While Intel’s desktop and laptop processors are using the latest generation Kaby Lake core, the multisocket high-end Xeon processors, used in servers and workstations, are still using the much older Broadwell core. The full range is due to be refreshed soon, with a whole range of new chips using a derivative of the Skylake core. There’s still not much known about these long-awaited processors, but Intel has let slip one thing: an all-new naming scheme.
Currently, Xeons have a series name—one of E3, E5, and E7—a model number—a four digit number—and a version number. The version number denotes the basic architecture, with the current version 4 meaning Broadwell. The series name indicates the core variant—in general, E7 has more RAM capacity, more cores, and more reliability features than E5, and E3 is used for parts that are essentially rebranded standard desktop chips. The first digit of the model number denotes the number of sockets supported (from the single socket 1xxx parts up to the eight socket 8xxx parts), with the remaining three digits having no particular systematic meaning, but being used to distinguish between all the different core count and clock speed options.
The new naming, which Intel has disclosed in a change notification document (spotted by Computerbase), appears to discard this scheme entirely. At the top are 14 processors branded “Xeon Platinum” at base speeds from 2.0 to 3.6GHz and 8000-series model numbers. These are presumed to be counterparts to the current E7 range. Exact socket and core counts remain unknown. Most of the Platinum series is expected to offer between 22 and 28 cores, with the exception of the 3.6GHz part; this will use the same design, but with far fewer cores enabled, to offer a high-cache, high-clock option.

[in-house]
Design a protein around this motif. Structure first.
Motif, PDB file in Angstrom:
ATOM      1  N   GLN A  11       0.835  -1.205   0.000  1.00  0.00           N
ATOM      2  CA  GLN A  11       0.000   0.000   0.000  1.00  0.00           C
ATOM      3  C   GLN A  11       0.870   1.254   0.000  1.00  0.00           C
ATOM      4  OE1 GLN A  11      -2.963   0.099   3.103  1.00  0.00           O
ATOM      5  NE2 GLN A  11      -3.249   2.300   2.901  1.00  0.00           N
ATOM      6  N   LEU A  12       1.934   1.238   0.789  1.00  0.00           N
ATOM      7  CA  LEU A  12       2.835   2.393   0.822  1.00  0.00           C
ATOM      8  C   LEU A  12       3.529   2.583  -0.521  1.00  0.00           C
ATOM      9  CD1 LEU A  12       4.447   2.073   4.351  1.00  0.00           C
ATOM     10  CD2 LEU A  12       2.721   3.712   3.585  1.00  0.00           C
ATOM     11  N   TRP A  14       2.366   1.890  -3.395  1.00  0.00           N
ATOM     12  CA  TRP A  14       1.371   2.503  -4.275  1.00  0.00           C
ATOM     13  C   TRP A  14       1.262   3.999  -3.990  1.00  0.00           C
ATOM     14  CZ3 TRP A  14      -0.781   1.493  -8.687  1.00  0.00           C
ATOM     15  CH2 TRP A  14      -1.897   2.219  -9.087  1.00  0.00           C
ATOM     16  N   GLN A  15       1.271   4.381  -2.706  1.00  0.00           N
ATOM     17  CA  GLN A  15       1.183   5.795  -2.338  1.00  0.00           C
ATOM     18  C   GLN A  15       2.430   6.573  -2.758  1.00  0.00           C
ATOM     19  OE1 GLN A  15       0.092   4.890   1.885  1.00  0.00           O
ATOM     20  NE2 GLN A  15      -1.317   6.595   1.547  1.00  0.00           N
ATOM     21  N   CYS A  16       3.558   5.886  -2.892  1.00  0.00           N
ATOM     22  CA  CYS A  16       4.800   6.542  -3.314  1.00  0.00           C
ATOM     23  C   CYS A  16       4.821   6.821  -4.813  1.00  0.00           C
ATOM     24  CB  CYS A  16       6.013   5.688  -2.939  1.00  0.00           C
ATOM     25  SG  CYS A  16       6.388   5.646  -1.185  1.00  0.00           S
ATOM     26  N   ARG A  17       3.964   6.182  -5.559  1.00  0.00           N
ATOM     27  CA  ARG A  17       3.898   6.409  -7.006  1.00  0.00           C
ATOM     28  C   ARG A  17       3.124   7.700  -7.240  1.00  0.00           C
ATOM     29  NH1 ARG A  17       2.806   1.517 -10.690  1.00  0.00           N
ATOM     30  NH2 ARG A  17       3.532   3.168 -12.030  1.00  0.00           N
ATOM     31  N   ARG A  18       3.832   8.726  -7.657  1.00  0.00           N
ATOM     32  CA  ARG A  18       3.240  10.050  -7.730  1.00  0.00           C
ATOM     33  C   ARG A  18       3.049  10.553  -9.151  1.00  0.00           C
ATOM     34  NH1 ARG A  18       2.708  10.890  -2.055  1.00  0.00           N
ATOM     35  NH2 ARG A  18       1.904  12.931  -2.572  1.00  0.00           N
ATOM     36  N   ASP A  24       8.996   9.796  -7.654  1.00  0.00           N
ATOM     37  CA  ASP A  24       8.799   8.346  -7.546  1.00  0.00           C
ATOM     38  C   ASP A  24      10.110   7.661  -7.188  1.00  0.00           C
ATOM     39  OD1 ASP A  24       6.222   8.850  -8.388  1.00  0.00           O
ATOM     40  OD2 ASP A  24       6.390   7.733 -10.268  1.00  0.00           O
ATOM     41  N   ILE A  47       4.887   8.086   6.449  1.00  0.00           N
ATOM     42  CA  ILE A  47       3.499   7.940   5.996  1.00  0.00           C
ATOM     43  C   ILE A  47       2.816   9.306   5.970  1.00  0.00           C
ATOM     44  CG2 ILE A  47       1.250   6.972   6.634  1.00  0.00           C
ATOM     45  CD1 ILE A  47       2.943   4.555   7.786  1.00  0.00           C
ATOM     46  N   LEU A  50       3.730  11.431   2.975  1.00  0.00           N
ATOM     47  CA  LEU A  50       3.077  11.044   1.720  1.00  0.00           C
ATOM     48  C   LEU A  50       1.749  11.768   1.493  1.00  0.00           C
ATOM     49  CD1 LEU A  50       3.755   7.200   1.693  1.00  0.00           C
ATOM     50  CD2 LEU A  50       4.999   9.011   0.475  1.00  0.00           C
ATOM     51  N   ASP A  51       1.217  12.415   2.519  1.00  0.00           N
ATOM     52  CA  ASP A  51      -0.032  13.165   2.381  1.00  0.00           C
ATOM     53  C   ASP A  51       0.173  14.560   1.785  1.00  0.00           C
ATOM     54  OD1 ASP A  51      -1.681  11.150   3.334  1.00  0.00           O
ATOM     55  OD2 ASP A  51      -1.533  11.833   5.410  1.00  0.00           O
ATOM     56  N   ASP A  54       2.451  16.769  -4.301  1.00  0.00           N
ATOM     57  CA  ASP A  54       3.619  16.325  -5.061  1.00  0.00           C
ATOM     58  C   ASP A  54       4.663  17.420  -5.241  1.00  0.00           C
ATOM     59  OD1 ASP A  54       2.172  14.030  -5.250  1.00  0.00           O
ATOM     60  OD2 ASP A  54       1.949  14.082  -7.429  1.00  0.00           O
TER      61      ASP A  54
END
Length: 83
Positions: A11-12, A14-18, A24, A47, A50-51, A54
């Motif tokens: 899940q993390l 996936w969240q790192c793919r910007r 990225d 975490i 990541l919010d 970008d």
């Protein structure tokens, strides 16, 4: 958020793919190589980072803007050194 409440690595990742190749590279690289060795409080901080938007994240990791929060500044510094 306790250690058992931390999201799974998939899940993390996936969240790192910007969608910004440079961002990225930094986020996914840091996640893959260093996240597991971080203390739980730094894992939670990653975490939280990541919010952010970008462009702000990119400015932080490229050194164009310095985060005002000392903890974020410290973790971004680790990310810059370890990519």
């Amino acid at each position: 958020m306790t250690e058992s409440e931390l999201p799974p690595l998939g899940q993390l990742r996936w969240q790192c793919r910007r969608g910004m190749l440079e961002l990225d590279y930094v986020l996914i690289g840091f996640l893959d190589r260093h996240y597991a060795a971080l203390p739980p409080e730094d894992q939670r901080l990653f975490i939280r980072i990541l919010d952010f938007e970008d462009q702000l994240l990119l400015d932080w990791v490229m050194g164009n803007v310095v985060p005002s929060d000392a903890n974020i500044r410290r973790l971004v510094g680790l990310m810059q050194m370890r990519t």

Below the Platinum parts are 20 “Gold” brand chips, with base clock speeds from 2.0GHz to 3.6GHz. All of these are listed with a 6000-series model number except one with a 5000-series number. This suggests, if nothing else, that the lead digit of the model number no longer denotes the number of supported sockets. Core counts for the Gold parts are believed to be in the 14-22 range, though again there will be a high-clock, high-cache, low-core version.
Both Gold and Platinum chips will also include variants with a T and M suffix. The T suffix has been used before to indicate a low power version; the M suffix has traditionally implied a mobile part, but its meaning here is unknown.
The Gold and Platinum processors are both using a Skylake variant called Skylake-SP. This will include features not found in the regular desktop and mobile Skylake processors, most notably the inclusion of AVX512. AVX512 extends the existing 256-bit AVX vector instructions to be twice as wide. Intel is also developing a variant known as Skylake-X, along with a Kaby Lake variant named Kaby Lake-X. Skylake-X is anticipated to carry Xeon Bronze and Xeon Silver branding, and both Skylake-X and Kaby Lake-X are likely to have consumer-oriented versions when Intel refreshes its high-end desktop processors.
Update: In an e-mail sent after publication, an Intel spokesperson wrote “Your article contains material that has not been disclosed by Intel and we strongly request you remove this article from your site.” Intel has since removed the document this story is based on from its website.